Young people can't vote. Is it important they be civically involved in other ways? A common complaint among those in this age group is they don't feel adults take them seriously. Civic engagement - becoming involved in the community - can counteract feelings of powerlessness and unimportance. Discuss with the group:

  • Do you ever feel adults, even your peers, don't take you seriously at times? Can anyone give an example of when they've felt that way?
  • How many of you read a daily newspaper or watch the news on TV? Do you ever feel frustrated, wondering what you can do to help?

Remind the students that even taking small steps to lend a hand makes a difference in others' lives and in their own. Taking action can help students see themselves as powerful people who can bring about change.  


Reproducible: Make a Difference!

To spark interest in this topic, make copies of the "Make A Difference!" handout. The students can read the quotes silently or take turns reading them aloud. Ask them to pick their favorite quote, write it on a large sheet of paper, decorate it and display it. An image of the speaker can be easily found on the Internet and added to the poster, if desired. 

Voting, of course, influences public officials, but they also pay attention to letters and emails, blogs, public protests and other ways citizens make their opinions known. This is especially true if the officials are seeking re-election or a higher office. They listen to young people because they are the voters of the future and also because they may influence older family members who currently vote.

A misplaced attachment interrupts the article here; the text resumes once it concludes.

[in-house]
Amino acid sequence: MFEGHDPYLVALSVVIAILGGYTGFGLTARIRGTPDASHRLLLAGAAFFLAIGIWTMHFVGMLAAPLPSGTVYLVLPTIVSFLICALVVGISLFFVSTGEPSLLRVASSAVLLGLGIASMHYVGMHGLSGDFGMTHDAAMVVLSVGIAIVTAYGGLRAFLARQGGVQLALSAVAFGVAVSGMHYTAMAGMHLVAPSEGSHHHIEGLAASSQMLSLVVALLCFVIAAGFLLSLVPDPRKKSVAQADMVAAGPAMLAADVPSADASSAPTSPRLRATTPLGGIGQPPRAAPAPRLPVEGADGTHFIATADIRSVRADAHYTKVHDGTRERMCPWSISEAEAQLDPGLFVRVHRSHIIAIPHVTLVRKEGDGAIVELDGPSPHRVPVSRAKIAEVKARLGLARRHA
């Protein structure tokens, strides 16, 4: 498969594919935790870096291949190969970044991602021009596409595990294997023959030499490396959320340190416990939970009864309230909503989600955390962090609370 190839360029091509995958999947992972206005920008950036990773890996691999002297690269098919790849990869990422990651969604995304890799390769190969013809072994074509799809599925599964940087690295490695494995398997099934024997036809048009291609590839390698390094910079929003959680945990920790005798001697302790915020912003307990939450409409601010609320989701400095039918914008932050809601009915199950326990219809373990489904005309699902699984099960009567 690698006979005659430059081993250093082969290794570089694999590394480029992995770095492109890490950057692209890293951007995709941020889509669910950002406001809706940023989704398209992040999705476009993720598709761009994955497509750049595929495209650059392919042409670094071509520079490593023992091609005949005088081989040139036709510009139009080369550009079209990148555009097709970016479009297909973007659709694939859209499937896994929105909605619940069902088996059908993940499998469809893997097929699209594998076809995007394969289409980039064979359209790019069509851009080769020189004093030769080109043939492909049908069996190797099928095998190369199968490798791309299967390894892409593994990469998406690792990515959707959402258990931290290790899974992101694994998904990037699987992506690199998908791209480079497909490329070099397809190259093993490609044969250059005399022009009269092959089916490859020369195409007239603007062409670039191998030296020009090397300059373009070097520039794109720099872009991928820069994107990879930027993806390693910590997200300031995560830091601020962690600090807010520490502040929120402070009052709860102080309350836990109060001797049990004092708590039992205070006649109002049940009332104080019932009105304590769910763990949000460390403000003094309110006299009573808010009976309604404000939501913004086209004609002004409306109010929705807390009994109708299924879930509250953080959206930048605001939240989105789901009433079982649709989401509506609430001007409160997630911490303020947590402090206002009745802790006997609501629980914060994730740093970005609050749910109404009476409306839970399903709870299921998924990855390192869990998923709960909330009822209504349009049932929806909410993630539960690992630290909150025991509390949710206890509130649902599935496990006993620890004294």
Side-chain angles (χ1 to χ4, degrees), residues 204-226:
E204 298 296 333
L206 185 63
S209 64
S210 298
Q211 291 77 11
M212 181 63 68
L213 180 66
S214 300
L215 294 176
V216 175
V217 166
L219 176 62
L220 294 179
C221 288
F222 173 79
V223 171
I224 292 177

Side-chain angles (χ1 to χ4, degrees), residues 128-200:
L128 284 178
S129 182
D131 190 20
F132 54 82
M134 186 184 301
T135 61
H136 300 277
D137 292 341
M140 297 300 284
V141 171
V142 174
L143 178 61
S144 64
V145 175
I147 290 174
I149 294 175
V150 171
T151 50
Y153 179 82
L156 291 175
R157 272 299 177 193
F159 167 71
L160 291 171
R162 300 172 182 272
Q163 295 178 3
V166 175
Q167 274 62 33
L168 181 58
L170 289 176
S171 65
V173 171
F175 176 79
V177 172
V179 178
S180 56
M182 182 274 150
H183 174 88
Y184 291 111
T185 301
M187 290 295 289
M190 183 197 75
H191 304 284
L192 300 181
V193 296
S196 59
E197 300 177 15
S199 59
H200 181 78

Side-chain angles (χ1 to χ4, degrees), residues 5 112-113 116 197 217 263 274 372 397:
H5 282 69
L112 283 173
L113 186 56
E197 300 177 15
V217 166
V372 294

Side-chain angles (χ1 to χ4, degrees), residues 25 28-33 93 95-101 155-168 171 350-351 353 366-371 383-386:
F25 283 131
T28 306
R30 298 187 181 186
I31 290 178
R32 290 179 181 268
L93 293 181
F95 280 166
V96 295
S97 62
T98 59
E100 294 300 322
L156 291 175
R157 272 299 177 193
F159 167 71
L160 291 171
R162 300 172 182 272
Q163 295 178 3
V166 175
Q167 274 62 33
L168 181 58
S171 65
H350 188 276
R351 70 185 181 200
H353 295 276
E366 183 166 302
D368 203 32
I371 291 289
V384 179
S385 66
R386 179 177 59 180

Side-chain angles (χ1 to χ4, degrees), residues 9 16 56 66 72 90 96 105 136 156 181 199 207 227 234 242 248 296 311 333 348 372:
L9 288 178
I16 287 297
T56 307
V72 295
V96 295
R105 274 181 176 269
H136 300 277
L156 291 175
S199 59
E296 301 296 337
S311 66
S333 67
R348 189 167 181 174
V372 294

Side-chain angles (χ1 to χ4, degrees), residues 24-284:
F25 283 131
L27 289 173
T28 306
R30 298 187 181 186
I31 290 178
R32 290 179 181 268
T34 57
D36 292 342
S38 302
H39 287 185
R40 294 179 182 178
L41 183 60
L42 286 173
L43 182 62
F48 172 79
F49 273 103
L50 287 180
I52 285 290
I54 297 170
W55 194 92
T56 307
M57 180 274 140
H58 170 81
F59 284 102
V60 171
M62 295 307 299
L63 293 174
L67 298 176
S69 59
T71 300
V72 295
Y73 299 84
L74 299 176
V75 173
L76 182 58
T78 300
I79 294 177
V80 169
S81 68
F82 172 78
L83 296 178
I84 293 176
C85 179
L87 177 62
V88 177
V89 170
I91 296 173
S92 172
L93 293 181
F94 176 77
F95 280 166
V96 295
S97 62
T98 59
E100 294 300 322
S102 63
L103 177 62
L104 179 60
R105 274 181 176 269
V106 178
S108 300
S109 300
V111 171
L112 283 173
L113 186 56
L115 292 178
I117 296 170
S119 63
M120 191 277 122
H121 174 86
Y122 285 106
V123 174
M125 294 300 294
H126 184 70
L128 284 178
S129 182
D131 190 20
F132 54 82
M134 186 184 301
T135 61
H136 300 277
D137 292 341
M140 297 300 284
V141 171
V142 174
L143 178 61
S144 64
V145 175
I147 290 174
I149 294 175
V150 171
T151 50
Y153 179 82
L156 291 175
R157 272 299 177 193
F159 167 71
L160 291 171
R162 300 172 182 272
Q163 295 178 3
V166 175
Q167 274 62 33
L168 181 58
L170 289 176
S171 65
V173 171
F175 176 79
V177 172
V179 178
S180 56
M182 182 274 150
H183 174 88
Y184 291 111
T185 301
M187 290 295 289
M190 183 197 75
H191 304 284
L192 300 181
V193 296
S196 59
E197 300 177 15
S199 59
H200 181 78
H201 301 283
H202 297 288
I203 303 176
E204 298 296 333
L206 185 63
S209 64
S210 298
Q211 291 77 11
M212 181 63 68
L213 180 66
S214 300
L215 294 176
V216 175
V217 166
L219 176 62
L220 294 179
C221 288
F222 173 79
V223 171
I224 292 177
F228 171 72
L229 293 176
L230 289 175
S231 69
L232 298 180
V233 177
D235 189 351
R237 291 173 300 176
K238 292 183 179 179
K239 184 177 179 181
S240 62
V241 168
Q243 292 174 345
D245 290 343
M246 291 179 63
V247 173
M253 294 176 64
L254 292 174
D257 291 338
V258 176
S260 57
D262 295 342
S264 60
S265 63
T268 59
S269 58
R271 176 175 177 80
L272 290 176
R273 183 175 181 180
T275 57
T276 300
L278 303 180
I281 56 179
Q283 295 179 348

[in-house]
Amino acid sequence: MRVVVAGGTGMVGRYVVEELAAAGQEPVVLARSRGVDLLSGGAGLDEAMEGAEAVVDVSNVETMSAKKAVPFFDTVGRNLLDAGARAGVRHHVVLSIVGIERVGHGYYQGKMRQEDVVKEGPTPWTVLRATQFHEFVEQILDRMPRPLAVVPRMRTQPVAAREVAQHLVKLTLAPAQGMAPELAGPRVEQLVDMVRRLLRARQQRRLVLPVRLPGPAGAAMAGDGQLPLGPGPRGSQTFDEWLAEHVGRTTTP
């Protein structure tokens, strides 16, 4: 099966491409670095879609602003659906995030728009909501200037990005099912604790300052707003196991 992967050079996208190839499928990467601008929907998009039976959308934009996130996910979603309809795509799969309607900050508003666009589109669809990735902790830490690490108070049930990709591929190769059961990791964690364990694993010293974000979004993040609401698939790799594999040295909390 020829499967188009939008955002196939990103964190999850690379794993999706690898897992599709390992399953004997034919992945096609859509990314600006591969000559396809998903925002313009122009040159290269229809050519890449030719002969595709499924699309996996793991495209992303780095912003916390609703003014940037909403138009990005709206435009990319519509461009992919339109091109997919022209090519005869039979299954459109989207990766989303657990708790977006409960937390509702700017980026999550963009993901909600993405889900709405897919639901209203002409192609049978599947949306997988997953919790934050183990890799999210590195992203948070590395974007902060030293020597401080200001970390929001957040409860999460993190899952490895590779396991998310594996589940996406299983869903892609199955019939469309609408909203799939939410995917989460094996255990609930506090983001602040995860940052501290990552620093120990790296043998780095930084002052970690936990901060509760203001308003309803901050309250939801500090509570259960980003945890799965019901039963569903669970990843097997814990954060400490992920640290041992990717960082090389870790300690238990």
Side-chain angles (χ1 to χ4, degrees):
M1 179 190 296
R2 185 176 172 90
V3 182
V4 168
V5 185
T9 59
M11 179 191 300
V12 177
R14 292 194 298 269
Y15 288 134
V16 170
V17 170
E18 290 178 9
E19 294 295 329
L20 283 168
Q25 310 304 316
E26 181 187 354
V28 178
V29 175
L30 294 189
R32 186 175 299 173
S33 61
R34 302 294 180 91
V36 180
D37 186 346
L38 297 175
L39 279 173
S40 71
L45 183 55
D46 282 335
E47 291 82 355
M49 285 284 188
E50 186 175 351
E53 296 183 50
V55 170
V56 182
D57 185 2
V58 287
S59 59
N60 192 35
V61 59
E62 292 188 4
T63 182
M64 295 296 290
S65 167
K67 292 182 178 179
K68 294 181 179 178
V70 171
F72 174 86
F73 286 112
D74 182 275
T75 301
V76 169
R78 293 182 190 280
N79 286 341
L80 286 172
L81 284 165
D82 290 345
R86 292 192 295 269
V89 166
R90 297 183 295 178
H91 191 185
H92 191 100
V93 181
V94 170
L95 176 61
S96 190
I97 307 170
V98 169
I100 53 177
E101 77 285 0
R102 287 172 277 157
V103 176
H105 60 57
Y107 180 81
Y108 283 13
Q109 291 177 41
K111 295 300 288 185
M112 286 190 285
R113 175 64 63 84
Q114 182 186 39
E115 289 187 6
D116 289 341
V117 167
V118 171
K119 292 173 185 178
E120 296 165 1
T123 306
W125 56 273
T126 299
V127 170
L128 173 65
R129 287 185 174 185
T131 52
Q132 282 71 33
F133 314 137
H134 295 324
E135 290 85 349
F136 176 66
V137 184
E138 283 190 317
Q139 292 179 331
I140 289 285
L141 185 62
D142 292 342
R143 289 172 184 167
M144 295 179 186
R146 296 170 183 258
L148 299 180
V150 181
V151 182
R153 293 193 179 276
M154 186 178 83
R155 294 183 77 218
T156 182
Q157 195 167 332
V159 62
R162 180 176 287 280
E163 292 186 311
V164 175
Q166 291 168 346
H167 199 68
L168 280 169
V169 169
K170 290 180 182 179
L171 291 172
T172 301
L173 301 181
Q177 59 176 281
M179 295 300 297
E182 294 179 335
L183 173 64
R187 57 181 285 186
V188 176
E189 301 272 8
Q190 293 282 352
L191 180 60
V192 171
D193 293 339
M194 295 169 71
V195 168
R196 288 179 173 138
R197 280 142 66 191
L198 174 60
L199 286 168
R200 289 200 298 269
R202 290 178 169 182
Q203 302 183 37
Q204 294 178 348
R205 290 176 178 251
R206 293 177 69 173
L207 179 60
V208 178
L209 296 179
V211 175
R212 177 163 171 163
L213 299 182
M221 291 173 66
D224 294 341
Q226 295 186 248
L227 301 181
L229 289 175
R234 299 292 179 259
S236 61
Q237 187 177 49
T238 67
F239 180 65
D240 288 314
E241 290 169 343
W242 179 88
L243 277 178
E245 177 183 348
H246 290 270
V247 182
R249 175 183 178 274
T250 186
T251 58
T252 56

Reproducible: Are You a Good Citizen?

In his book Democracy in America, French historian Alexis de Tocqueville said the good character of citizens helps democracy continue. There are right and wrong ways to make a difference. Taking action in the right way is more likely to be effective; it brings people together and encourages them. Taking action in the wrong way can cause hard feelings and make change more difficult if not impossible.

The Greek philosopher Aristotle noted four qualities of a good citizen. After the students take the quiz, use the scoring key below to "grade" them.

70-80 points: If every citizen were like you, our country and the world would be better places. Encourage your family, friends, fellow students and community to follow your fine example!

60-69 points: You've got a lot of qualities of a good citizen. Aristotle would be proud. Keep up the good work. There's always room for improvement, so focus on those areas for which you gave yourself 2s and 3s.

50-59 points: Not bad. You've got a great start at being a good citizen. Do your weak areas fall into one or two categories? Make a plan to improve in those areas. For instance, if you need help taking a stand, read a book or an online article about assertiveness.

40-49 points: Alexis de Tocqueville said our democracy needs good citizens. Starting with the Level 3 "Resources" section, look at some websites, read some books. Team up with another student and encourage each other. Sometimes we just need a little motivation to get the citizenship ball rolling.